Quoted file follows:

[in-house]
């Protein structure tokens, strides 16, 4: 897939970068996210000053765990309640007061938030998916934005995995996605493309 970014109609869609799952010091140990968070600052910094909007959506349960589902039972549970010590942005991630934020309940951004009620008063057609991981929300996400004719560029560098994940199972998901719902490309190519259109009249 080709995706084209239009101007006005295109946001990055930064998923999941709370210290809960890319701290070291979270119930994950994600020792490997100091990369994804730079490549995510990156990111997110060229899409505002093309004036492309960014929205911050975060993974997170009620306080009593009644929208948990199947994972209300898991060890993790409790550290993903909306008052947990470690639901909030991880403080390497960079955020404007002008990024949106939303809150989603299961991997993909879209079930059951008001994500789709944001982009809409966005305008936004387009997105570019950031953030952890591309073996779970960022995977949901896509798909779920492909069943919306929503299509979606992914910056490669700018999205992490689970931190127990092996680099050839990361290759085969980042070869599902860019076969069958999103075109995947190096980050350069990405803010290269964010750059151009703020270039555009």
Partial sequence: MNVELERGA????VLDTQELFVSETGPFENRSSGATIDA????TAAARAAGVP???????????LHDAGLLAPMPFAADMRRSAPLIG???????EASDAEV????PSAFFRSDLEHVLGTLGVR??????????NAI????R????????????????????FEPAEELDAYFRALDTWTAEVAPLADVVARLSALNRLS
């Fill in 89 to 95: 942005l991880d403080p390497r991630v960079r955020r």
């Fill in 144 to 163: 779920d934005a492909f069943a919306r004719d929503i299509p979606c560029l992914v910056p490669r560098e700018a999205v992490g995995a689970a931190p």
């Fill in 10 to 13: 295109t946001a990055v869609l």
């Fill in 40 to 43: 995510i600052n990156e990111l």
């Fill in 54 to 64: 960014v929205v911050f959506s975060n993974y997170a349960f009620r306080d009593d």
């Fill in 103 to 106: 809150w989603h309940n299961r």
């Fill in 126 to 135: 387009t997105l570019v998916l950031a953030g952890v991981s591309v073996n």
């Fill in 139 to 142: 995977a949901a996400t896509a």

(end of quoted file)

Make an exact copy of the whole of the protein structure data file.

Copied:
[in-house]
């Protein structure tokens, strides 16, 4: 897939970068996210000053765990309640007061938030998916934005995995996605493309 970014109609869609799952010091140990968070600052910094909007959506349960589902039972549970010590942005991630934020309940951004009620008063057609991981929300996400004719560029560098994940199972998901719902490309190519259109009249 080709995706084209239009101007006005295109946001990055930064998923999941709370210290809960890319701290070291979270119930994950994600020792490997100091990369994804730079490549995510990156990111997110060229899409505002093309004036492309960014929205911050975060993974997170009620306080009593009644929208948990199947994972209300898991060890993790409790550290993903909306008052947990470690639901909030991880403080390497960079955020404007002008990024949106939303809150989603299961991997993909879209079930059951008001994500789709944001982009809409966005305008936004387009997105570019950031953030952890591309073996779970960022995977949901896509798909779920492909069943919306929503299509979606992914910056490669700018999205992490689970931190127990092996680099050839990361290759085969980042070869599902860019076969069958999103075109995947190096980050350069990405803010290269964010750059151009703020270039555009």
Partial sequence: MNVELERGA????VLDTQELFVSETGPFENRSSGATIDA????TAAARAAGVP???????????LHDAGLLAPMPFAADMRRSAPLIG???????EASDAEV????PSAFFRSDLEHVLGTLGVR??????????NAI????R????????????????????FEPAEELDAYFRALDTWTAEVAPLADVVARLSALNRLS
């Fill in 89 to 95: 942005l991880d403080p390497r991630v960079r955020r």
């Fill in 144 to 163: 779920d934005a492909f069943a919306r004719d929503i299509p979606c560029l992914v910056p490669r560098e700018a999205v992490g995995a689970a931190p």
């Fill in 10 to 13: 295109t946001a990055v869609l």
């Fill in 40 to 43: 995510i600052n990156e990111l």
């Fill in 54 to 64: 960014v929205v911050f959506s975060n993974y997170a349960f009620r306080d009593d």
């Fill in 103 to 106: 809150w989603h309940n299961r």
């Fill in 126 to 135: 387009t997105l570019v998916l950031a953030g952890v991981s591309v073996n």
């Fill in 139 to 142: 995977a949901a996400t896509a």